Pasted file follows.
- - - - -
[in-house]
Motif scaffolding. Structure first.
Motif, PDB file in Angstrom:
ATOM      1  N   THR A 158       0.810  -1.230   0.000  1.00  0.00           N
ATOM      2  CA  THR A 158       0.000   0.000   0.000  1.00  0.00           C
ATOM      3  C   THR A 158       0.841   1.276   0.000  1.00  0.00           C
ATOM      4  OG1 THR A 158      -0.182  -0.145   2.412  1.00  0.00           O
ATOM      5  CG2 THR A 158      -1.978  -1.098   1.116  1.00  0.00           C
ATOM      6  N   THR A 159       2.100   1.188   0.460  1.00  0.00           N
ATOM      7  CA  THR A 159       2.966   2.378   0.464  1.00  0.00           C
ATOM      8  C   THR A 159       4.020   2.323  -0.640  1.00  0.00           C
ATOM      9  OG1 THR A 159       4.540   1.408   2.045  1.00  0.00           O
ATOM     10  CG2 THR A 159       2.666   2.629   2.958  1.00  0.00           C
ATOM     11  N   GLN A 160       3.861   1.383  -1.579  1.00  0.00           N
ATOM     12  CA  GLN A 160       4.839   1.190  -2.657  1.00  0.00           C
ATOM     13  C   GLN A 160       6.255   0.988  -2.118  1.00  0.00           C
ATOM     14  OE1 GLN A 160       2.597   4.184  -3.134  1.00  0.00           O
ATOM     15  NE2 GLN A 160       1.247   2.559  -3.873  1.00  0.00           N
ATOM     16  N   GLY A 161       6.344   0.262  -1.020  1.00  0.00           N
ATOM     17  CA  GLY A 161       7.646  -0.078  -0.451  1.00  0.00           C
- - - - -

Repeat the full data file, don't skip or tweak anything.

[in-house]
Motif scaffolding. Structure first.
Motif, PDB file in Angstrom:
ATOM      1  N   THR A 158       0.810  -1.230   0.000  1.00  0.00           N
ATOM      2  CA  THR A 158       0.000   0.000   0.000  1.00  0.00           C
ATOM      3  C   THR A 158       0.841   1.276   0.000  1.00  0.00           C
ATOM      4  OG1 THR A 158      -0.182  -0.145   2.412  1.00  0.00           O
ATOM      5  CG2 THR A 158      -1.978  -1.098   1.116  1.00  0.00           C
ATOM      6  N   THR A 159       2.100   1.188   0.460  1.00  0.00           N
ATOM      7  CA  THR A 159       2.966   2.378   0.464  1.00  0.00           C
ATOM      8  C   THR A 159       4.020   2.323  -0.640  1.00  0.00           C
ATOM      9  OG1 THR A 159       4.540   1.408   2.045  1.00  0.00           O
ATOM     10  CG2 THR A 159       2.666   2.629   2.958  1.00  0.00           C
ATOM     11  N   GLN A 160       3.861   1.383  -1.579  1.00  0.00           N
ATOM     12  CA  GLN A 160       4.839   1.190  -2.657  1.00  0.00           C
ATOM     13  C   GLN A 160       6.255   0.988  -2.118  1.00  0.00           C
ATOM     14  OE1 GLN A 160       2.597   4.184  -3.134  1.00  0.00           O
ATOM     15  NE2 GLN A 160       1.247   2.559  -3.873  1.00  0.00           N
ATOM     16  N   GLY A 161       6.344   0.262  -1.020  1.00  0.00           N
ATOM     17  CA  GLY A 161       7.646  -0.078  -0.451  1.00  0.00           C